Private Employers Must Mandate Employee Vaccinations or Weekly Testing Under President Biden’s New Plan
On Thursday, September 9, 2021, President Biden announced key provisions of his new plan to require more Americans to be vaccinated in order to combat the spread of COVID-19. Although details have yet to be announced, there are components of the plan that have significant implications for private employers with 100 or more employees.
President Biden has tasked the Occupational Safety and Health Administration (OSHA) with developing an Emergency Temporary Standard (ETS) mandating that employers with 100 or more employees require that their employees either be vaccinated or produce a negative test result on at least a weekly basis before coming to work. Violations of the new rule will carry a penalty of up to $14,000 per violation.
While no specific date was provided, expect OSHA to announce the ETS in a couple of weeks with implementation shortly thereafter. This timeline gives employees an opportunity to become fully vaccinated before the ETS goes into effect and should spur employers to take immediate actions.
The ETS will require covered employers to provide workers with paid time off to get vaccinated and to recover from any side effects of the vaccination. Without more details, we can only speculate as to how the ETS will assign the costs of testing for those employees who remain unvaccinated. Shifting the costs of testing to unvaccinated employees and requiring them to pay for tests and use accrued time off in order to comply with the ETS requirements further incentivizes employees to become vaccinated. Putting these burdens on unvaccinated employees more closely aligns with the underlying public policy goal of encouraging vaccination, but it remains to be seen whether employers will be required to foot the bill for unvaccinated employee testing time and expense.
President Biden’s new plan also appears to expand the existing mandate requiring vaccinations for nursing home employees to also cover those who work in “hospitals, home healthcare facilities, or other medical facilities” that receive Medicare or Medicaid reimbursement. The Centers for Medicare & Medicaid Services (CMS) will be charged with implementing rules requiring vaccines for individuals in these settings, including volunteers and staff who are not involved in direct patient, resident, or client care.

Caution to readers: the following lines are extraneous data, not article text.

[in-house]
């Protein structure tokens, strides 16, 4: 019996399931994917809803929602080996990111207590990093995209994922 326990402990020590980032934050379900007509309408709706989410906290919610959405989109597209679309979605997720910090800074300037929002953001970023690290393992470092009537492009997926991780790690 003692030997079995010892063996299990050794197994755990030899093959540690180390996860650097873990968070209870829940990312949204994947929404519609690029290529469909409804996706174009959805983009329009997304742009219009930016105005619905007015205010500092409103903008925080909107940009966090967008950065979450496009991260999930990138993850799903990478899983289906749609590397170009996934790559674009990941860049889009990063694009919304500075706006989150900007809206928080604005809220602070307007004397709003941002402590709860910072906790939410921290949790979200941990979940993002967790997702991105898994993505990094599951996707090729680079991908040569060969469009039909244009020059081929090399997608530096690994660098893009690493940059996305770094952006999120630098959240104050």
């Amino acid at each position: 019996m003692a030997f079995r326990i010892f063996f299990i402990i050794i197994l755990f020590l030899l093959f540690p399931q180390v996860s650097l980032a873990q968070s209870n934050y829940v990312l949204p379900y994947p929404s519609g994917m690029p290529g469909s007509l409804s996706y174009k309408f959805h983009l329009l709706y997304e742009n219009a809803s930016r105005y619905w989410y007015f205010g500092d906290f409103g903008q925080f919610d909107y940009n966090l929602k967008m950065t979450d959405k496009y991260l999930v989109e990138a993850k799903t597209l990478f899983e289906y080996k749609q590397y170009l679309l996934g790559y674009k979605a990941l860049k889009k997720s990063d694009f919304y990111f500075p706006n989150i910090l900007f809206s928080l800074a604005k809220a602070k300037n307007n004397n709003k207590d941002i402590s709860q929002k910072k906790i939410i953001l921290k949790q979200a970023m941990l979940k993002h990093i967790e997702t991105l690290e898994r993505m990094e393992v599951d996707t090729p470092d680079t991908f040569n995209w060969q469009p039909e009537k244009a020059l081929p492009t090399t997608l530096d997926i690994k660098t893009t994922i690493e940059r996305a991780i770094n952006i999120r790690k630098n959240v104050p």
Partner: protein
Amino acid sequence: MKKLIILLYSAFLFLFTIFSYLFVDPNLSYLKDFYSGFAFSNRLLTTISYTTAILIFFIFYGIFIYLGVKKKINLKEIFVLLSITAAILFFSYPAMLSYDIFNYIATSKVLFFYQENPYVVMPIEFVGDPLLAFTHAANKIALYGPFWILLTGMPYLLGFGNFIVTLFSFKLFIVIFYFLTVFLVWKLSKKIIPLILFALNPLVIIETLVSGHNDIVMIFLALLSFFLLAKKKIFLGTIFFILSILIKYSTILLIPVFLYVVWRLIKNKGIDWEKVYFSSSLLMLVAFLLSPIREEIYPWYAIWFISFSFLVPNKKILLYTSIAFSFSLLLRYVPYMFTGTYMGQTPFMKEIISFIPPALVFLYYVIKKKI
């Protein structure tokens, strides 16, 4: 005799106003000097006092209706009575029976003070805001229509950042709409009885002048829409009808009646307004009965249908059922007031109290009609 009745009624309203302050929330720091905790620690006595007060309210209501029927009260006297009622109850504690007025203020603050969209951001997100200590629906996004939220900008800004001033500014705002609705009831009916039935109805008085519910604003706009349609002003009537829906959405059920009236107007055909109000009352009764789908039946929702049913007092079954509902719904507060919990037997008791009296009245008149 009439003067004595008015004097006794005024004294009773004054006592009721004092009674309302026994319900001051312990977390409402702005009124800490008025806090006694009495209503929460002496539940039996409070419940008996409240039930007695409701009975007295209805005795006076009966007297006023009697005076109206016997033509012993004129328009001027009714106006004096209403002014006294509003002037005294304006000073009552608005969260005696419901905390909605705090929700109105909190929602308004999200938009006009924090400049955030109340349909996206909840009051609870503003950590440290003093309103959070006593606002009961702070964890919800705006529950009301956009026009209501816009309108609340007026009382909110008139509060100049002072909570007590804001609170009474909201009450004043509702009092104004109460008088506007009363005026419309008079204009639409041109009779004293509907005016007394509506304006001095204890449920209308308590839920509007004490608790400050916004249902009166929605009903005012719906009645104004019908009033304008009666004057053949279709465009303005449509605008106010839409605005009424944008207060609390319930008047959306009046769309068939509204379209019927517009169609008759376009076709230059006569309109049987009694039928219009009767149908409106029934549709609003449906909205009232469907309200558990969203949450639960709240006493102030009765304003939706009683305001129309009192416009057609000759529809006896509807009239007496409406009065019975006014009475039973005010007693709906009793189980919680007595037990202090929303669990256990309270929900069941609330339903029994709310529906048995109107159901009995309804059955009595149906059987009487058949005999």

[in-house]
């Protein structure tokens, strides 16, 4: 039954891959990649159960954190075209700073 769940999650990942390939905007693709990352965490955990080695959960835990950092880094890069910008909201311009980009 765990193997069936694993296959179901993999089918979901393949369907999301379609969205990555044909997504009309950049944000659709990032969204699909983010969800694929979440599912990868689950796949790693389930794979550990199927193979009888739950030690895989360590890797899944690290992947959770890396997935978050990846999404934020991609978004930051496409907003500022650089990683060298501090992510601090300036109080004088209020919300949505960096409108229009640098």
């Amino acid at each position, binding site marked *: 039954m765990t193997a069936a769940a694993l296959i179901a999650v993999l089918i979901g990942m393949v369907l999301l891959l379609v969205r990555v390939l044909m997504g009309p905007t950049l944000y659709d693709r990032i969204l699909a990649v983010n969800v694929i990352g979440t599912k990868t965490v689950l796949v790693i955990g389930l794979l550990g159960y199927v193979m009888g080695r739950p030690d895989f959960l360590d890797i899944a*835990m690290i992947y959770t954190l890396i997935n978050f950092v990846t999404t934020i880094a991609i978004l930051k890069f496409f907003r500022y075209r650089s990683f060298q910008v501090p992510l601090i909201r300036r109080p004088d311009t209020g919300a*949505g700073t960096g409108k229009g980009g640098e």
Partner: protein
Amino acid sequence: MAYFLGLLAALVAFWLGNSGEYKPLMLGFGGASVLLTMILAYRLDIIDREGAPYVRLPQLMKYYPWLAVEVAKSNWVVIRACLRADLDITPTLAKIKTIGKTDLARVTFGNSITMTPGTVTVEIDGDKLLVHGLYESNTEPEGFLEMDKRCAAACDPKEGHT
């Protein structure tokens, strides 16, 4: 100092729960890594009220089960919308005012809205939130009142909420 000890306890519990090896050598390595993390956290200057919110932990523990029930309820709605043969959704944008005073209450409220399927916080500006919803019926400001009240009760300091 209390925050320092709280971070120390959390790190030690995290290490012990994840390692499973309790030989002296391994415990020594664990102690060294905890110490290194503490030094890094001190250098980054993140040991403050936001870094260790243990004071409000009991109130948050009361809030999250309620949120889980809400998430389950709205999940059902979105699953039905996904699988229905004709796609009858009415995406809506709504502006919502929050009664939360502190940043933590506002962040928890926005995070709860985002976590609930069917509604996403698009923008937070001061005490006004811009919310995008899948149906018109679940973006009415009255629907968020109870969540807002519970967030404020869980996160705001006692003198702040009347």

It is unknown whether this ETS for private employers will exempt certain employees, as prior reviews of vaccine mandates have advised. Employers must likely still provide reasonable accommodations under the Americans with Disabilities Act (ADA) to employees who cannot be vaccinated because of a disability, or protecting employees from the requirement under Title VII if they cannot be vaccinated because of a sincerely-held religious belief. However, the weekly testing requirement seems intended to account for the qualified disability or religious exemptions to vaccination.
Authority & Challenges
While an ETS becomes effective upon issuance, it must go through the rule-making process within 6 months to become permanent. Detractors of this new plan have already promised to file suit against the Biden Administration. Such legal obstacles are likely to challenge President Biden’s constitutional authority to implement the ETS, allege that the ETS violates personal liberties, claim that agency rule-making procedures are not being followed, or contest the authority of OSHA to enforce mandates related to COVID-19 vaccinations.
Though some may find this new requirement heavy-handed, the federal government and OSHA have a history of regulating private businesses in order to protect workers. Employers have long been required to comply with safety and health standards and regulations issued by OSHA pursuant to the Occupational Health and Safety Act, which includes a general duty to provide workers with a “safe and healthful workplace.”
What Employers Should Do Now
In anticipation of OSHA’s issuance of the ETS, employers should evaluate current vaccination policies and determine whether to mandate vaccinations for their workforce or establish requirements for providing proof of vaccination or required testing. Further, this may be the best time to establish an incentive program to increase voluntary employee vaccination. And while many employers have been hesitant about collecting information from employees to determine whether they are vaccinated, now is the time to take steps to gather such information in an appropriate fashion. Consider reaching out to your insurance carrier to determine whether there is coverage for the cost of employee COVID-19 testing. Explore what type of testing you will utilize for unvaccinated employees and develop policies around that process.
Inevitably, there will be further developments concerning these recent mandates, and we will continue to track all developments and inform employers about the ever-changing landscape of COVID-19 workplace recommendations.
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